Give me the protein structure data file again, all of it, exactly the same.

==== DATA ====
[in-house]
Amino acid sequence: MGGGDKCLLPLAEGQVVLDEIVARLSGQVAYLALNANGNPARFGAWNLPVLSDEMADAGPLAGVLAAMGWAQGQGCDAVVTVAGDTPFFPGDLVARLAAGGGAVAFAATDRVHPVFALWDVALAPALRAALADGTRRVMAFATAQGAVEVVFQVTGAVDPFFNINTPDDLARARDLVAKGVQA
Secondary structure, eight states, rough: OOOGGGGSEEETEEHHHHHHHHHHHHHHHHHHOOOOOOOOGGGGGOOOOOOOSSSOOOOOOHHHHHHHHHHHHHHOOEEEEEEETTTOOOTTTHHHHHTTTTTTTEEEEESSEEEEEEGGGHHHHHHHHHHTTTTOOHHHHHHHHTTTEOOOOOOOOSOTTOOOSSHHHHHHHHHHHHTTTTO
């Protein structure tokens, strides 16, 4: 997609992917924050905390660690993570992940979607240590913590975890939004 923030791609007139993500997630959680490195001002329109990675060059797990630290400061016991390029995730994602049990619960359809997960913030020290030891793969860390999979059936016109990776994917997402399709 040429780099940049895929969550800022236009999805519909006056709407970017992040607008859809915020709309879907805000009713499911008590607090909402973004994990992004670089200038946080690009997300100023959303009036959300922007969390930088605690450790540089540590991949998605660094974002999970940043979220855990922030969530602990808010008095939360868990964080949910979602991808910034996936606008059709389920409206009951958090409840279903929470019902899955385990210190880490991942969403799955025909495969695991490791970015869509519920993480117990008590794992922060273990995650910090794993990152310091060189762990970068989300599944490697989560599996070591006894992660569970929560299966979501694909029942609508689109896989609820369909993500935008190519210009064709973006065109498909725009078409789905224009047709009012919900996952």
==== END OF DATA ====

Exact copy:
[in-house]
Amino acid sequence: MGGGDKCLLPLAEGQVVLDEIVARLSGQVAYLALNANGNPARFGAWNLPVLSDEMADAGPLAGVLAAMGWAQGQGCDAVVTVAGDTPFFPGDLVARLAAGGGAVAFAATDRVHPVFALWDVALAPALRAALADGTRRVMAFATAQGAVEVVFQVTGAVDPFFNINTPDDLARARDLVAKGVQA
Secondary structure, eight states, rough: OOOGGGGSEEETEEHHHHHHHHHHHHHHHHHHOOOOOOOOGGGGGOOOOOOOSSSOOOOOOHHHHHHHHHHHHHHOOEEEEEEETTTOOOTTTHHHHHTTTTTTTEEEEESSEEEEEEGGGHHHHHHHHHHTTTTOOHHHHHHHHTTTEOOOOOOOOSOTTOOOSSHHHHHHHHHHHHTTTTO
């Protein structure tokens, strides 16, 4: 997609992917924050905390660690993570992940979607240590913590975890939004 923030791609007139993500997630959680490195001002329109990675060059797990630290400061016991390029995730994602049990619960359809997960913030020290030891793969860390999979059936016109990776994917997402399709 040429780099940049895929969550800022236009999805519909006056709407970017992040607008859809915020709309879907805000009713499911008590607090909402973004994990992004670089200038946080690009997300100023959303009036959300922007969390930088605690450790540089540590991949998605660094974002999970940043979220855990922030969530602990808010008095939360868990964080949910979602991808910034996936606008059709389920409206009951958090409840279903929470019902899955385990210190880490991942969403799955025909495969695991490791970015869509519920993480117990008590794992922060273990995650910090794993990152310091060189762990970068989300599944490697989560599996070591006894992660569970929560299966979501694909029942609508689109896989609820369909993500935008190519210009064709973006065109498909725009078409789905224009047709009012919900996952």